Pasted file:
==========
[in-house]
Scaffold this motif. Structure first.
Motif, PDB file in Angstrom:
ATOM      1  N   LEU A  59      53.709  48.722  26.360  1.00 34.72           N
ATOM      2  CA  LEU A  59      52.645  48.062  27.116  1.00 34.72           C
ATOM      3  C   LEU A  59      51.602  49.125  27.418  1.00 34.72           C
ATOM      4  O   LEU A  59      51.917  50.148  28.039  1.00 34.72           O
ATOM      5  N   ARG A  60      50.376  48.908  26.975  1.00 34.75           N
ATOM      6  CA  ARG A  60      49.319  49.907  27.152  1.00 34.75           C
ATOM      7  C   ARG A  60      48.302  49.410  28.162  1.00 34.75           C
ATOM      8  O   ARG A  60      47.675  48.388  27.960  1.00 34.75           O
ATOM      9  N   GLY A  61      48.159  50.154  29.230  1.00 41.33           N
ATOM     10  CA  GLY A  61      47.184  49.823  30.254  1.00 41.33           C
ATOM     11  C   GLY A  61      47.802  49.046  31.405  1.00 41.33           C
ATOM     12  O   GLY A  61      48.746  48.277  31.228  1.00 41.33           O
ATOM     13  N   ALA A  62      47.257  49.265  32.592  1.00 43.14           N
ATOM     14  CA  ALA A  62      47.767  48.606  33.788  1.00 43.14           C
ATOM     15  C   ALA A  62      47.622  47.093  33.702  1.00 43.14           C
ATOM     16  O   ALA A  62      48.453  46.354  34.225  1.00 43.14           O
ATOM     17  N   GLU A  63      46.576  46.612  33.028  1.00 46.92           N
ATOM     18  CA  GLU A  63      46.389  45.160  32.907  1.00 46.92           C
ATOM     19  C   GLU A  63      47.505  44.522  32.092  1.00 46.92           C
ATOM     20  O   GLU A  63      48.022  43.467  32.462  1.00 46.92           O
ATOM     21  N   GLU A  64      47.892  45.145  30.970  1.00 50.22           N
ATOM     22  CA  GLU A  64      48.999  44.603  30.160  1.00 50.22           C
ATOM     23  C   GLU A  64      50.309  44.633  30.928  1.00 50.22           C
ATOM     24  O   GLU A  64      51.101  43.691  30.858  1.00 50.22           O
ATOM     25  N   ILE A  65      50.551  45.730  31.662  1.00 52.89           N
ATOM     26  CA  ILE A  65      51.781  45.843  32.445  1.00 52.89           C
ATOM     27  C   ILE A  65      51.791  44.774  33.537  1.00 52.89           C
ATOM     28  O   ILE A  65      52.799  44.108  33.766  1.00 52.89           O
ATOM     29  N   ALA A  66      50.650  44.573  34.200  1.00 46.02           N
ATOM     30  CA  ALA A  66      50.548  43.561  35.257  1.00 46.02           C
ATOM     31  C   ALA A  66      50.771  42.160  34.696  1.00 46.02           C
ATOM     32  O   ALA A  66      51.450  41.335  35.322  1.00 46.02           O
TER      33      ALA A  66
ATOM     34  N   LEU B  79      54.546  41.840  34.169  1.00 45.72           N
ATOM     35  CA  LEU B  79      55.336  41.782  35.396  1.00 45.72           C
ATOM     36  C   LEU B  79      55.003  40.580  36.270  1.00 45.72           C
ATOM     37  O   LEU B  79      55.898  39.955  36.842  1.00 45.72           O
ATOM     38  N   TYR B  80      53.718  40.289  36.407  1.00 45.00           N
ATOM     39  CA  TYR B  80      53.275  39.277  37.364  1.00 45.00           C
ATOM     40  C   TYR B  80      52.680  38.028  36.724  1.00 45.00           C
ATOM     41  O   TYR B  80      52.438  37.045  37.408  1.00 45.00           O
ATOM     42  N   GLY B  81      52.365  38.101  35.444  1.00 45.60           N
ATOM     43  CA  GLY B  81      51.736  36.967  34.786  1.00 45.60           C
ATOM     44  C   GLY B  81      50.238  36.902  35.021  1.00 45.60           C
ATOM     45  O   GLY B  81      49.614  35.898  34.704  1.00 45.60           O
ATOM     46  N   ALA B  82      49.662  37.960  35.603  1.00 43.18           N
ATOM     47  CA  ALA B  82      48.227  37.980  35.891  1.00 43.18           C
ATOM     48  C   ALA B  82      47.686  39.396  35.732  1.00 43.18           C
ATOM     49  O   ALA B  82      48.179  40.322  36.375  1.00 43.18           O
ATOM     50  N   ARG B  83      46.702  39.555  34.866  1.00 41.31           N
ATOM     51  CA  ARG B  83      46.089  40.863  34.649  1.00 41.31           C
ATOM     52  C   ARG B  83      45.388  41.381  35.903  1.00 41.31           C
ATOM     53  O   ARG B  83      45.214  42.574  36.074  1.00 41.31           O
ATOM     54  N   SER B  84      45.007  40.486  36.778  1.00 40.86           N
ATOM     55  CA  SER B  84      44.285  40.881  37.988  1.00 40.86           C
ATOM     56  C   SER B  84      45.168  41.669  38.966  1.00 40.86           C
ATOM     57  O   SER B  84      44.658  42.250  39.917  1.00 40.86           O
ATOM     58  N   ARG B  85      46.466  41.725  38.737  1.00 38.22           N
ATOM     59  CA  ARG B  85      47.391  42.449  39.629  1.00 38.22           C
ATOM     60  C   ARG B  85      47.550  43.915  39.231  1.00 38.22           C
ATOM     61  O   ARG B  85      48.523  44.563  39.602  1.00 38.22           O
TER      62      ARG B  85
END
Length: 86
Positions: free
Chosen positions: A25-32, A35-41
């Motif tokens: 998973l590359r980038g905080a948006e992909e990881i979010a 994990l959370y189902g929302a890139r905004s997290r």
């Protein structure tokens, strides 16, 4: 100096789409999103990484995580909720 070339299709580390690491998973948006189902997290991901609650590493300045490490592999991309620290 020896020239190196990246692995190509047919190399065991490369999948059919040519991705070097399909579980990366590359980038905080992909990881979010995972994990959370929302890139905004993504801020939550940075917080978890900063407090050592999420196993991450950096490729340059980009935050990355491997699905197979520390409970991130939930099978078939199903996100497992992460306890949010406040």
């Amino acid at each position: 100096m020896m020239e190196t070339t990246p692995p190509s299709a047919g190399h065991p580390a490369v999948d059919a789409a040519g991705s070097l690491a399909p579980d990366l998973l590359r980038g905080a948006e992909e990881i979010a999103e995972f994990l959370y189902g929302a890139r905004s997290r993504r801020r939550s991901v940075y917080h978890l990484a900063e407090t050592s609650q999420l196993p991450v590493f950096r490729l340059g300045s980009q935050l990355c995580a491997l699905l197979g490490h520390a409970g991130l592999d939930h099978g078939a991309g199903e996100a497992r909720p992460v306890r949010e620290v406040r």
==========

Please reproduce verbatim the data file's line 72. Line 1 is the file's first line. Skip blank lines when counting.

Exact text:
């Amino acid at each position: 100096m020896m020239e190196t070339t990246p692995p190509s299709a047919g190399h065991p580390a490369v999948d059919a789409a040519g991705s070097l690491a399909p579980d990366l998973l590359r980038g905080a948006e992909e990881i979010a999103e995972f994990l959370y189902g929302a890139r905004s997290r993504r801020r939550s991901v940075y917080h978890l990484a900063e407090t050592s609650q999420l196993p991450v590493f950096r490729l340059g300045s980009q935050l990355c995580a491997l699905l197979g490490h520390a409970g991130l592999d939930h099978g078939a991309g199903e996100a497992r909720p992460v306890r949010e620290v406040r």